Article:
Carlson Hall, built in 1937-38, is historically significant as the first women’s residence hall at the University of Utah as well as the first dormitory built on the university campus. It was the result of a three-decade long struggle to have a women’s dormitory constructed. The building served as a
women’s residence hall as well as social center for female university students for 33 years. Carlson Hall is one of only two historic women’s residence halls built in Utah. The building also represents part of a national trend, from the teens through the 1930s, to provide better opportunities for women in higher education. Carlson Hall is also significant as a federally funded public works project. It was built by the Works Progress Administration (WPA) which, along with several other New Deal programs, provided much-needed jobs during the Depression through construction projects such as this. Virtually all of the public buildings constructed in Utah during the 1930s and early 1940s were built under federal programs. Over 240 buildings were constructed statewide, and four were built on the University of Utah campus. (A 1985 thematic nomination of Public Works Buildings documents the significance of this important phase of Utah
and U.S. history.)


Located at 369 S. University St in Salt Lake.

From the time the University of Utah moved to its permanent campus in 1900, there was concern about the lack of housing for students from out of the Salt Lake area and out of state. The need for adequate, safe women’s housing was a national issue, as well as a local one. Responding to the growing number of female students, the university hired its first Dean of Women, Lucy M. Van Cott, in 1907. Her responsibilities included supervision of female students, helping them find university-approved lodging as well as employment (for pay or in exchange for room and board).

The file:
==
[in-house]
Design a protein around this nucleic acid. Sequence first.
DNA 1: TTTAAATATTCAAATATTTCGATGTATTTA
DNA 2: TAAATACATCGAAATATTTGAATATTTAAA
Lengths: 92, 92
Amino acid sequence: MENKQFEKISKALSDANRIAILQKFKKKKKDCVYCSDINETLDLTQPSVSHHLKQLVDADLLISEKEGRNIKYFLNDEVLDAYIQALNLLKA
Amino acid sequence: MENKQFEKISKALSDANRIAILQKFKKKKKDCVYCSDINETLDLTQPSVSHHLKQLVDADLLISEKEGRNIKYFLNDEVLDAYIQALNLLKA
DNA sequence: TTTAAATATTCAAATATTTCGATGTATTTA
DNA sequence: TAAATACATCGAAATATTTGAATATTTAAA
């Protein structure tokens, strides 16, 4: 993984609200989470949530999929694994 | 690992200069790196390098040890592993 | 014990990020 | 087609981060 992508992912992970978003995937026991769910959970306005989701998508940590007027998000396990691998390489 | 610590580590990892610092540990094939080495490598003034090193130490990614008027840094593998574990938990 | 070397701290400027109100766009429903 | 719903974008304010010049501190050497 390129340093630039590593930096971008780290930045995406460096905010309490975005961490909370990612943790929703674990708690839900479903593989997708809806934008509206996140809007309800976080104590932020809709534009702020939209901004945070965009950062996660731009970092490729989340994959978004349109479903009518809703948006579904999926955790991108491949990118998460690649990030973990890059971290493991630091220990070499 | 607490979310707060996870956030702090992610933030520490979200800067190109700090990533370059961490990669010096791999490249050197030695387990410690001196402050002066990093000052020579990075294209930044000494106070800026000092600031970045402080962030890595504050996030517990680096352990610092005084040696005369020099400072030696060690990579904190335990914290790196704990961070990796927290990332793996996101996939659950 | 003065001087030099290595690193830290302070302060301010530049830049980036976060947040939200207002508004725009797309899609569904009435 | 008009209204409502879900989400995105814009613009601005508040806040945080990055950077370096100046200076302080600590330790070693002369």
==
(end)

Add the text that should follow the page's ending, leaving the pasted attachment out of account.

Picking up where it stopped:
The Utah Chronicle reported that acceptable boarding places were difficult to find and “many good places prefer male boarders.”

In December 1911, Dean Van Cott attended a national conference of the Deans of Women in Chicago at which the “gathering voted unanimously for two things: Dormitories on the college campus and student government.” Van Cott pressed continuously for a women’s dormitory throughout her 25-year tenure. In 1912, she and Mrs. W.W. Riter, whose husband was a member of the Board of Regents, rented a house at 1333 East 400 South to be used as a small dormitory. Known as both the Riter Dormitory and the experimental dormitory, the off-campus building was controlled by the university and supervised by a house mother. After remodeling and refurnishing, rooms were rented to twelve women. The Riter Dormitory was in operation only until 1915.

Housing was difficult for male students as well. In 1912, the Episcopal Church of Salt Lake received a gift for the construction of the Emery Memorial Hose. Located at the northwest corner of 200 South and University Street, the Emery Memorial House opened in early 1914 for thirty male students.4 It was used as a training center during World War I and as a youth center in the 1930s. The Catholic Church took over the building in 1947, which has continued to use it to the present as a religious and social center. The building was extensively remodeled in 1985-86 and
is no longer eligible for National Register consideration.

The Utah Federation of Women’s Clubs also was involved in the fight to build a women’s residence hall. They lobbied the Utah Legislature in favor of a bill which would have approved funding its construction, but it was defeated in 1913. Little progress was made for a dormitory after that due
to World War I and the ensuing recession.